“Grandma, come quick! The elephants are here!” I had no idea what my grandchildren were talking about, so I followed them to the front door. Standing on the front porch were two costumed “elephants”—one short and one tall—who handed gifts to each child and then, without a word, walked quickly into the evening shadows. Amid the smiles and giggles, five-year-old Stephanie said, “Maybe it’s Mrs. Black. She was dressed as an elephant on Halloween.”

As the delighted children began opening their presents, they told me the elephants had been coming often, once bringing a box filled with the makings for banana splits, another time leaving gifts, and still another night delivering Christmas crunch cereal with four half-gallons of milk—each decorated with a picture of an elephant and labeled with the children’s names. Next time there were two notes with the presents: “Please do not follow us” and “Ha! Ha! I am not Mrs. Black!”

Who were the elephants? We wondered, but did not know. Perhaps they came because my daughter’s family had just moved to Twin Falls, Idaho, to be near the cancer center where my son-in-law would be entering the hospital for chemotherapy after the holidays. After many nights, the elephants were still delivering boxes filled with things a family might enjoy. One of the most special gifts was a gray ceramic cookie-jar elephant with blue coveralls and a red hat; the jar was filled with cookies.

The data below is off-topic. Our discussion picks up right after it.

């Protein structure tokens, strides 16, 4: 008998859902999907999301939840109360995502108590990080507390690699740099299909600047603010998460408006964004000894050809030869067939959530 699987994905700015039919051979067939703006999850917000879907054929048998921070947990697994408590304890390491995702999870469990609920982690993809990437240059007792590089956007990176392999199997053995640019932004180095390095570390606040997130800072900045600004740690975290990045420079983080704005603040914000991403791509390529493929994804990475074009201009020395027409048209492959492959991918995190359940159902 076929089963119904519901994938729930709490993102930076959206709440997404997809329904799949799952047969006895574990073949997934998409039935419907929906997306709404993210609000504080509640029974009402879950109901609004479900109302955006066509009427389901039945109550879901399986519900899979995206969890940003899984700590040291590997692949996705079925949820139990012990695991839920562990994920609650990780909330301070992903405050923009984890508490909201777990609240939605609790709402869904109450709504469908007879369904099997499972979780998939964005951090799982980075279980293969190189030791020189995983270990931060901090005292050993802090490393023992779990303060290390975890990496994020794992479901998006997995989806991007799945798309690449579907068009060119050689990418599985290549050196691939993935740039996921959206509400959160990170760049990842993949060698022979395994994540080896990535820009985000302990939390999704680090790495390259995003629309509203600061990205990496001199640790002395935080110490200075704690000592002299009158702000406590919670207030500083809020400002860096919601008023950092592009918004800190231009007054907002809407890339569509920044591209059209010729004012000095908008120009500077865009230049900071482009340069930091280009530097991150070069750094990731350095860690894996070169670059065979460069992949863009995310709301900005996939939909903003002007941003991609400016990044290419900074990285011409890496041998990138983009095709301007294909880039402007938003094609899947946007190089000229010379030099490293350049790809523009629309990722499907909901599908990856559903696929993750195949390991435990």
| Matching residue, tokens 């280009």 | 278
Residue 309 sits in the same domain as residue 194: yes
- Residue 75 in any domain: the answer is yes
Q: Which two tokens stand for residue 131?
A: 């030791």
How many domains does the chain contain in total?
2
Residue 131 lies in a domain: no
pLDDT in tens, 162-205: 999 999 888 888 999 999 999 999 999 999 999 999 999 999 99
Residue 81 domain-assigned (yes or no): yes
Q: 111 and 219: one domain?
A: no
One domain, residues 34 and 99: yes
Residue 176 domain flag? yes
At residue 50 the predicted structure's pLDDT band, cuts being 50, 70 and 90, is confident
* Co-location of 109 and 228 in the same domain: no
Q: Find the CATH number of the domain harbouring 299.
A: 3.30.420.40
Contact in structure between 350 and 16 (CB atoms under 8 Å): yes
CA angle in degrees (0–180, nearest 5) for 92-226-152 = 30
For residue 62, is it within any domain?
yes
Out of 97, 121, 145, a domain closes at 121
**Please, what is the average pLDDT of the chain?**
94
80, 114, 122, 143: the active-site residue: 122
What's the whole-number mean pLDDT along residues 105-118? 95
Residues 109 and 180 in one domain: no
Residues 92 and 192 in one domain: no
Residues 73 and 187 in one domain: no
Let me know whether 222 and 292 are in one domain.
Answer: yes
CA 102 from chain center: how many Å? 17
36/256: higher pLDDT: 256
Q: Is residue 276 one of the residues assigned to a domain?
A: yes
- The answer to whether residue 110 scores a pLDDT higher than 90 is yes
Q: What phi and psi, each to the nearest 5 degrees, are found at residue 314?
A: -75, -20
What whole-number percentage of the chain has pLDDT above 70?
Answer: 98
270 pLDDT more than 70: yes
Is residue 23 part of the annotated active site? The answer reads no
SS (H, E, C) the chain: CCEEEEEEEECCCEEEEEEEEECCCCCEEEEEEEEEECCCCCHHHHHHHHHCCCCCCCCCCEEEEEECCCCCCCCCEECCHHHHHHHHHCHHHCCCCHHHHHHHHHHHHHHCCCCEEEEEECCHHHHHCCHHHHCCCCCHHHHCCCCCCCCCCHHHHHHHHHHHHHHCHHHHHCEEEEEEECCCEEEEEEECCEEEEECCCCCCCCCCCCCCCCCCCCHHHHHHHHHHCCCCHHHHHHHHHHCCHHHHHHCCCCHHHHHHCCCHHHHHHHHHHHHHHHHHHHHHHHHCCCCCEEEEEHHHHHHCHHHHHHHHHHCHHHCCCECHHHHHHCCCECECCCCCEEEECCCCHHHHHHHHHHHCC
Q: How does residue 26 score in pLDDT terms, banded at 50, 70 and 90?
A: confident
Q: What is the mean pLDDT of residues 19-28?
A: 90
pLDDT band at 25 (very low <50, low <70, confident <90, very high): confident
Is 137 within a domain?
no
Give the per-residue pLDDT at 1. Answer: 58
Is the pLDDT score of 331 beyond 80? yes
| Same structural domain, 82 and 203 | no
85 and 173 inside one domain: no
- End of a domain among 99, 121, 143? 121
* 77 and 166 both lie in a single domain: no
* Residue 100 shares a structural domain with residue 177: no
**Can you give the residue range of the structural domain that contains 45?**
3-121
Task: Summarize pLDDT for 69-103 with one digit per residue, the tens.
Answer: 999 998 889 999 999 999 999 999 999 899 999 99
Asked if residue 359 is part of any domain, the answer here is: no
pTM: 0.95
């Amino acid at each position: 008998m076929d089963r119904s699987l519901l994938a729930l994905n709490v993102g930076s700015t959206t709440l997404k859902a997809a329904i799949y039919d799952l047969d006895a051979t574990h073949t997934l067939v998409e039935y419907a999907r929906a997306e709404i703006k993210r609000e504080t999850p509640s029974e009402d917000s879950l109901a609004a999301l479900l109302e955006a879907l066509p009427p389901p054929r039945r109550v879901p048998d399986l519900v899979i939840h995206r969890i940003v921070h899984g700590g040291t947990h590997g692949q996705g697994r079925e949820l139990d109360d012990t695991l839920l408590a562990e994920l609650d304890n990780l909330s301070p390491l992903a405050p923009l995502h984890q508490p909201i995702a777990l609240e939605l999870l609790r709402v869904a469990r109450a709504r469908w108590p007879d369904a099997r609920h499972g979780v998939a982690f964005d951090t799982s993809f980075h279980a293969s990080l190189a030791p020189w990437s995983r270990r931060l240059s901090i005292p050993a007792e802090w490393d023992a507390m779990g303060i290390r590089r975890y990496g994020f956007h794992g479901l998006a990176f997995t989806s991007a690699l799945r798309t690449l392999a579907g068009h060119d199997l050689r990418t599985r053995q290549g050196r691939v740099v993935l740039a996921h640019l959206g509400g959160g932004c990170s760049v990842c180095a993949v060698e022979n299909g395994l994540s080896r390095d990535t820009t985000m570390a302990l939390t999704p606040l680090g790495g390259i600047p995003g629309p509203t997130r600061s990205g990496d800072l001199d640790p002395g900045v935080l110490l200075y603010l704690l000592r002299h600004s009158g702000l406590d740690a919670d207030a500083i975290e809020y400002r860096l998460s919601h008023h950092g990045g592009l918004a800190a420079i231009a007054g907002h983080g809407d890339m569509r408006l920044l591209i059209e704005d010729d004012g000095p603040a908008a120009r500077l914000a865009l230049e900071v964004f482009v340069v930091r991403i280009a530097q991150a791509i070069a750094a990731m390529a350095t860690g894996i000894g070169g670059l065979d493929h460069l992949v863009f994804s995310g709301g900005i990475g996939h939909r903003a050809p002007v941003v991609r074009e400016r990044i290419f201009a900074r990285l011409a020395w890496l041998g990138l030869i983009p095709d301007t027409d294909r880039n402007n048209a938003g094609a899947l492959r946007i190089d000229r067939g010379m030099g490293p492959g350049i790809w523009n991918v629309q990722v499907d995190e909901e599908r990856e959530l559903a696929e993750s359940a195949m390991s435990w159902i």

After such an outpouring of love, the children decided to hang a big banner outside under the window saying “Thank you, elephants.” Two nights later, when the elephants returned, the children gave them each a small treat. After Christmas we assumed the visits would stop, but they did not. On their next visit the elephants left a special New Year’s Eve party box.

In early February, the children’s father died, leaving behind a young widow and four youngsters, ages one to seven. At the funeral, the bishop finally gave us a clue to the elephants’ identity. “As a bishopric, we had been praying that people in need might move into our ward so that we might exercise charity,” he told me. “When your family moved in, we felt it was an answer to our prayer.” Priesthood brethren were there to help unload the moving truck. From then on, many acts of service were performed.

After the funeral, the elephants continued to visit. We noticed they always wore different sizes and kinds of shoes. Valentines arrived, as well as Easter baskets and birthday gifts. One evening when the elephants appeared, one of the children exclaimed, “The elephant is going to have a baby!” She rushed forward to give her a hug. The hug was returned, but not a word was spoken that would give away the identity of the elephant. For over a year the elephants continued to remember my daughter and her children.

Years have passed and the children are much older now, but the cookie-jar elephant with blue coveralls still sits on the cupboard waiting to be refilled. It serves as a happy reminder of what otherwise might have been only dreary and difficult days. The caring and kindness of all our elephant friends will never be forgotten.

[photos] Photo by Linda Galley; other photos © Photodisc

Linda Galley is a member of the Kimberly First Ward, Kimberly Idaho Stake.